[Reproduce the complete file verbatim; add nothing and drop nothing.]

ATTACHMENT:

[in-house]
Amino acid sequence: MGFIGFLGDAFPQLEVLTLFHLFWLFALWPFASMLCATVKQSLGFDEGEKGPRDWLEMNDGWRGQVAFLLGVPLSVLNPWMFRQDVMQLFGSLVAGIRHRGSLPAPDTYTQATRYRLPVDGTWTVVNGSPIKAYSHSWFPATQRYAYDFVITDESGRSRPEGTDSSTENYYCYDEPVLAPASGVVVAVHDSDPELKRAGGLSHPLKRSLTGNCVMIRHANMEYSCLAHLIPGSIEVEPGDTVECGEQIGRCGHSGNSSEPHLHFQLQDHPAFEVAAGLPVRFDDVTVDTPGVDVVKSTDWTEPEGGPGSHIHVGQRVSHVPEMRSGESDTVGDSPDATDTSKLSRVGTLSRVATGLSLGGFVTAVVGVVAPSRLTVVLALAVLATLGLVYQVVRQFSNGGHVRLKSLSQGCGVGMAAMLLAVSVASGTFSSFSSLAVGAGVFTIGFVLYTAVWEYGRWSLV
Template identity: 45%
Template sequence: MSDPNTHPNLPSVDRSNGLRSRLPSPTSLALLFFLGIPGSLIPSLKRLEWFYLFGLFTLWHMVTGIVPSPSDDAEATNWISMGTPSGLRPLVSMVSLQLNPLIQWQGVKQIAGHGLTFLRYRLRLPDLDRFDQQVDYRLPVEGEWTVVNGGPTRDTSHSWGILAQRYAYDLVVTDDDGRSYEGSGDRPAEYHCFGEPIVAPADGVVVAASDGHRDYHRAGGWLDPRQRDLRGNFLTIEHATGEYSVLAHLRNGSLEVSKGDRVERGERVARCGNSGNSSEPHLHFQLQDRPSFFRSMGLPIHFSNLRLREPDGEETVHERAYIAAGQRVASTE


[in-house]
Amino acid sequence: MGFIGFLGDAFPQLEVLTLFHLFWLFALWPFASMLCATVKQSLGFDEGEKGPRDWLEMNDGWRGQVAFLLGVPLSVLNPWMFRQDVMQLFGSLVAGIRHRGSLPAPDTYTQATRYRLPVDGTWTVVNGSPIKAYSHSWFPATQRYAYDFVITDESGRSRPEGTDSSTENYYCYDEPVLAPASGVVVAVHDSDPELKRAGGLSHPLKRSLTGNCVMIRHANMEYSCLAHLIPGSIEVEPGDTVECGEQIGRCGHSGNSSEPHLHFQLQDHPAFEVAAGLPVRFDDVTVDTPGVDVVKSTDWTEPEGGPGSHIHVGQRVSHVPEMRSGESDTVGDSPDATDTSKLSRVGTLSRVATGLSLGGFVTAVVGVVAPSRLTVVLALAVLATLGLVYQVVRQFSNGGHVRLKSLSQGCGVGMAAMLLAVSVASGTFSSFSSLAVGAGVFTIGFVLYTAVWEYGRWSLV
Template identity: 45%
Template sequence: MSDPNTHPNLPSVDRSNGLRSRLPSPTSLALLFFLGIPGSLIPSLKRLEWFYLFGLFTLWHMVTGIVPSPSDDAEATNWISMGTPSGLRPLVSMVSLQLNPLIQWQGVKQIAGHGLTFLRYRLRLPDLDRFDQQVDYRLPVEGEWTVVNGGPTRDTSHSWGILAQRYAYDLVVTDDDGRSYEGSGDRPAEYHCFGEPIVAPADGVVVAASDGHRDYHRAGGWLDPRQRDLRGNFLTIEHATGEYSVLAHLRNGSLEVSKGDRVERGERVARCGNSGNSSEPHLHFQLQDRPSFFRSMGLPIHFSNLRLREPDGEETVHERAYIAAGQRVASTE